Fans of Deyrolle and Jules Verreaux will gush over the Musée de la Chasse et de la Nature’s (Museum of Hunting and Nature) stuffed cornucopia of taxidermy, fine art and antique firearms. Here, the eternal struggle of man versus beast is displayed in a manner so sophisticated and eclectic even die-hard PETA members might cop to admiration. Inside, the museum’s silk brocade walls, traditional trophies and paintings coexist harmoniously with contemporary pieces by artists such as Jan Fabre, Gelitin and Marc Dion.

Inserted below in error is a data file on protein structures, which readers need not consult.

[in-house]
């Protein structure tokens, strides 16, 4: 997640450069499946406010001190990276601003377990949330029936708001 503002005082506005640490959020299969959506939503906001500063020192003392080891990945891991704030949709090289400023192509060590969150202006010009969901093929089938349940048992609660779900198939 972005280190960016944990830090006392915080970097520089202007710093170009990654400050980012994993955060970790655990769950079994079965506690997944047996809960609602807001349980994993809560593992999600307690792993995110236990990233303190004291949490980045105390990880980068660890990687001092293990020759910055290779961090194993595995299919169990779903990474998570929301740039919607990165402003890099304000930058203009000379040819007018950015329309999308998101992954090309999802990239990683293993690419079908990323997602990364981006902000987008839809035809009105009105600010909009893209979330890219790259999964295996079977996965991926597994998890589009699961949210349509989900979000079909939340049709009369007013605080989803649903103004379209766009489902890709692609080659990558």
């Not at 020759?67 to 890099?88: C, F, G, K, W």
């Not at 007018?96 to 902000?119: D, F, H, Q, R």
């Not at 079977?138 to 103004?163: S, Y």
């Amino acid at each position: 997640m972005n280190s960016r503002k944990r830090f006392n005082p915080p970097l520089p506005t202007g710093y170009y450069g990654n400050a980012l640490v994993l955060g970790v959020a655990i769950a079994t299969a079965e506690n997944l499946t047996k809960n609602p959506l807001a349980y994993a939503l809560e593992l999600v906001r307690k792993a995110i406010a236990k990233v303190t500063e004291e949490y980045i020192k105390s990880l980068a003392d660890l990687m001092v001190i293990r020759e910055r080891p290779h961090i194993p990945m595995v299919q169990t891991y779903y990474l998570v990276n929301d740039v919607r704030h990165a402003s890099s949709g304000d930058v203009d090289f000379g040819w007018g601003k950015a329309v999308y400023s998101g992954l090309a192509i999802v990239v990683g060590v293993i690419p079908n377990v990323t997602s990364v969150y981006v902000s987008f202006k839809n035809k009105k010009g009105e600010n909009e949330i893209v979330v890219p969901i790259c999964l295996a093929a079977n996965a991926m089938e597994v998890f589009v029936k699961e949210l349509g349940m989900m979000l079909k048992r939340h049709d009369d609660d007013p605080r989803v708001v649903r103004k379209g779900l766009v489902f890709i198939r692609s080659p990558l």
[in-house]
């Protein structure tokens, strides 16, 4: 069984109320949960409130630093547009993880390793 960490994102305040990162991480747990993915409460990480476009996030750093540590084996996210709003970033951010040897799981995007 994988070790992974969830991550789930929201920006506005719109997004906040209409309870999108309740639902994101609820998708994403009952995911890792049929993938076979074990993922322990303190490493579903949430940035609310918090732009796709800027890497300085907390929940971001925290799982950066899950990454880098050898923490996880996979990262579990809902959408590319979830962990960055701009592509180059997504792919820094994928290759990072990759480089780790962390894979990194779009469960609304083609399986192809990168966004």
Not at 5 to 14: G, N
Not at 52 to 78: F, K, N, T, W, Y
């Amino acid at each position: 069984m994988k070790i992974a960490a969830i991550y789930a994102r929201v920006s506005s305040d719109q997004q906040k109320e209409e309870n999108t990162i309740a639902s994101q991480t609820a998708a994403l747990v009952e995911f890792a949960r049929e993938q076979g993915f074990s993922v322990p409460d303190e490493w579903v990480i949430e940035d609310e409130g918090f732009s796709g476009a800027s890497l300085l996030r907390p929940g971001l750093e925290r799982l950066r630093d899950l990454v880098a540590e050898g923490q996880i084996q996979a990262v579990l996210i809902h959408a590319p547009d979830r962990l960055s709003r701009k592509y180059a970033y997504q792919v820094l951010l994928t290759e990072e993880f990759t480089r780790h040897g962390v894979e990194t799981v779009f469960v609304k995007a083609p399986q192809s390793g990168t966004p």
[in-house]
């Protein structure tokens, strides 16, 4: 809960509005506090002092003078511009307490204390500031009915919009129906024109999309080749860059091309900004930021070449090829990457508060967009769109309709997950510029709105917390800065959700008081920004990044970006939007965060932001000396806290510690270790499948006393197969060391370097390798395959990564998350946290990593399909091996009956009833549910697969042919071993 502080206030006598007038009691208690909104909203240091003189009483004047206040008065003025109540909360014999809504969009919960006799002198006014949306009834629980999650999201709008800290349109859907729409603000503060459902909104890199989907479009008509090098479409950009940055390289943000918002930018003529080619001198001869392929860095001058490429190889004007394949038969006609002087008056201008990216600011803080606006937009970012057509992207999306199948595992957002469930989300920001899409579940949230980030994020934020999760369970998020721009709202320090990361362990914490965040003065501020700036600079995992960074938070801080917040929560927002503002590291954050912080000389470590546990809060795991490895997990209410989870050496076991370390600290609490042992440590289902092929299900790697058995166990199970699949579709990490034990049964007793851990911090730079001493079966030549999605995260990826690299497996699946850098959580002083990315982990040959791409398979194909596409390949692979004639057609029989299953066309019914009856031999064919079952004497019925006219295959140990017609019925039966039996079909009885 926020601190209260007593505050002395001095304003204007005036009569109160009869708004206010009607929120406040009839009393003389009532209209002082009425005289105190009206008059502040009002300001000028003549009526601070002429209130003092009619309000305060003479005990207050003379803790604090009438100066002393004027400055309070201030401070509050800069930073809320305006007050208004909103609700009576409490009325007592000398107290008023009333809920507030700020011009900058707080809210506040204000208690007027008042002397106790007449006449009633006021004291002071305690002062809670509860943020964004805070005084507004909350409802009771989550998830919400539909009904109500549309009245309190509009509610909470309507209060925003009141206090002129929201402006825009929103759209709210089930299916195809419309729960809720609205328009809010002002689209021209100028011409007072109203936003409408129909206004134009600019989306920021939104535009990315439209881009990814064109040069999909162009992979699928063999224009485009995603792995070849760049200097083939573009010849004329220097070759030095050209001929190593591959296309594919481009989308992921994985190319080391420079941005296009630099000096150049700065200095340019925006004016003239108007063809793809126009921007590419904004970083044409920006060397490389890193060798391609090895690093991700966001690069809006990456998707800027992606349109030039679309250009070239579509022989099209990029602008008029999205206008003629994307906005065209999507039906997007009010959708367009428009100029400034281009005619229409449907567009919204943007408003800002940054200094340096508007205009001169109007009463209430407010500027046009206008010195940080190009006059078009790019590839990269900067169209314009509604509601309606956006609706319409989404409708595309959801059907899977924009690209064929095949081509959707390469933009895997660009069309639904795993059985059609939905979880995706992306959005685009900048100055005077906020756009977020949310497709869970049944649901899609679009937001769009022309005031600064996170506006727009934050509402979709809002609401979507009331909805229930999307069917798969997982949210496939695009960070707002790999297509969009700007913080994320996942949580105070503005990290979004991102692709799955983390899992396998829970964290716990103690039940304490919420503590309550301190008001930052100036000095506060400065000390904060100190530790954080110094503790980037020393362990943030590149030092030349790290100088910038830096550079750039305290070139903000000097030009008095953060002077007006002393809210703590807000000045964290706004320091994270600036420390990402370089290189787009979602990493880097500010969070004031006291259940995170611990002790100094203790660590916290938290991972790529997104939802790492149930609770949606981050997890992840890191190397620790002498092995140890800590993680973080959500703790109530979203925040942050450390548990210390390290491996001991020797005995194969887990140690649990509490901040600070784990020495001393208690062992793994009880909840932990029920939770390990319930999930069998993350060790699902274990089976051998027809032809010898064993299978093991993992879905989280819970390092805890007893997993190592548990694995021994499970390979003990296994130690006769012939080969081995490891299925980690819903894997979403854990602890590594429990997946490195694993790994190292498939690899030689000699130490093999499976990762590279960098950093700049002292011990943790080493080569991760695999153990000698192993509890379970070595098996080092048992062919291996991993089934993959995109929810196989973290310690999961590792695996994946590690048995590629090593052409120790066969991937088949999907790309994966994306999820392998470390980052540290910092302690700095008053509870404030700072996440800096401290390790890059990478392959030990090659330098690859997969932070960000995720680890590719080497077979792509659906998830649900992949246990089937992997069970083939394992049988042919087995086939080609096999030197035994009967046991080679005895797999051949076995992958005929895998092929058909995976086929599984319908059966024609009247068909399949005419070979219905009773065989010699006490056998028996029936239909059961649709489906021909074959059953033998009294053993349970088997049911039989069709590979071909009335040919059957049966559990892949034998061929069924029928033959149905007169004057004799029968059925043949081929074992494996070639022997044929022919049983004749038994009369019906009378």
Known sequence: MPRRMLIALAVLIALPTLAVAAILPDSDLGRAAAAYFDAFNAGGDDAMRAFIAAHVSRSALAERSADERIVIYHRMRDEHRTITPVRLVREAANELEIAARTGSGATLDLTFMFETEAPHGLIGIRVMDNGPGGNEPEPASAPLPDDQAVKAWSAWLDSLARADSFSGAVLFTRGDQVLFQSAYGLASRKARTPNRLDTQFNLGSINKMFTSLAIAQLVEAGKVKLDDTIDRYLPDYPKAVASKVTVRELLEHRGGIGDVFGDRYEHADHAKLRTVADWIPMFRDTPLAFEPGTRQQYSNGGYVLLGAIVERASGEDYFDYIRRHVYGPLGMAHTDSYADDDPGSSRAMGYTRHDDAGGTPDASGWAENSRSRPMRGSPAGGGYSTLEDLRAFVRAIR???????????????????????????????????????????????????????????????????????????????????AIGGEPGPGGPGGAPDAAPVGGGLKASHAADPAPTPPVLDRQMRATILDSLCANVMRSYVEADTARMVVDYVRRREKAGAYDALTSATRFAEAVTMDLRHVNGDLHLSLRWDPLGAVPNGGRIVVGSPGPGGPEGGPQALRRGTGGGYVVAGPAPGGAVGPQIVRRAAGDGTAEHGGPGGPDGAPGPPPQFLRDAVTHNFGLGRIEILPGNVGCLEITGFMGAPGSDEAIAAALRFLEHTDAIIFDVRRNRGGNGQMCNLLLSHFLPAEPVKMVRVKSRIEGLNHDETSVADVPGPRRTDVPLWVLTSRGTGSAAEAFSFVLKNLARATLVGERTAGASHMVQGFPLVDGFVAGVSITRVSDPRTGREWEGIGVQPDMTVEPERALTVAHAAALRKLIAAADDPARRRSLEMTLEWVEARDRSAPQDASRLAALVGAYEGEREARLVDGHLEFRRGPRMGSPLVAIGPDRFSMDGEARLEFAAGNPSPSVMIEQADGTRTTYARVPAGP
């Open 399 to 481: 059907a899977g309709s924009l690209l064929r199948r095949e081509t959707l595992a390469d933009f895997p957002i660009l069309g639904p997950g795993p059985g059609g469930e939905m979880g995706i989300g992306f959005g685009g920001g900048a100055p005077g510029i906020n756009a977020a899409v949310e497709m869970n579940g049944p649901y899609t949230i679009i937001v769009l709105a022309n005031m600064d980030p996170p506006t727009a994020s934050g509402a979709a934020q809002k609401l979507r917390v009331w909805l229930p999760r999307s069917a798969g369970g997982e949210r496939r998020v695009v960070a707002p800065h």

It’s not the only reason to head here. Sequestered behind the grand facade of Hotel de Guénégaud, the museum is perched in a mid-17th century building designed by architect François Mansart. After virtually three years of extensive remodeling, the museum opened its doors to the public, brandishing a completely redesigned space that artistically bridges the gap between past and present.